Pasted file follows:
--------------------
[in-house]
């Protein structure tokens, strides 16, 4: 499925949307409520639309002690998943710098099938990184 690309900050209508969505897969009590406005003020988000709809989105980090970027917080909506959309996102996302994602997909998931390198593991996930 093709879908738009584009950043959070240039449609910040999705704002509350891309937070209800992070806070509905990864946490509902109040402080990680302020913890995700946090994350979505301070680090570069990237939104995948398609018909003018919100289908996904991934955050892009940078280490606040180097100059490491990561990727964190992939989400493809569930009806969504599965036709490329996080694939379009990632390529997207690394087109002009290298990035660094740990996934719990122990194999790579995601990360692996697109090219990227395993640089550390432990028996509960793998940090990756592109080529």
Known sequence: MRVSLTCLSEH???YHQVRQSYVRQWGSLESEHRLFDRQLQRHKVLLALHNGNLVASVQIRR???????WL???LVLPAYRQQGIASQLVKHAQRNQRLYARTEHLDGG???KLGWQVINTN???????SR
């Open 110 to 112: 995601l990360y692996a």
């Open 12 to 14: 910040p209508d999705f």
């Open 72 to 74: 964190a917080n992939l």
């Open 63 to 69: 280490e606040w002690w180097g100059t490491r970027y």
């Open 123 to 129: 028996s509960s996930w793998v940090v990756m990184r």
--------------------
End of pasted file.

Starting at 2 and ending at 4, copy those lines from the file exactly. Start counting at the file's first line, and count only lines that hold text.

């Protein structure tokens, strides 16, 4: 499925949307409520639309002690998943710098099938990184 690309900050209508969505897969009590406005003020988000709809989105980090970027917080909506959309996102996302994602997909998931390198593991996930 093709879908738009584009950043959070240039449609910040999705704002509350891309937070209800992070806070509905990864946490509902109040402080990680302020913890995700946090994350979505301070680090570069990237939104995948398609018909003018919100289908996904991934955050892009940078280490606040180097100059490491990561990727964190992939989400493809569930009806969504599965036709490329996080694939379009990632390529997207690394087109002009290298990035660094740990996934719990122990194999790579995601990360692996697109090219990227395993640089550390432990028996509960793998940090990756592109080529």
Known sequence: MRVSLTCLSEH???YHQVRQSYVRQWGSLESEHRLFDRQLQRHKVLLALHNGNLVASVQIRR???????WL???LVLPAYRQQGIASQLVKHAQRNQRLYARTEHLDGG???KLGWQVINTN???????SR
């Open 110 to 112: 995601l990360y692996a």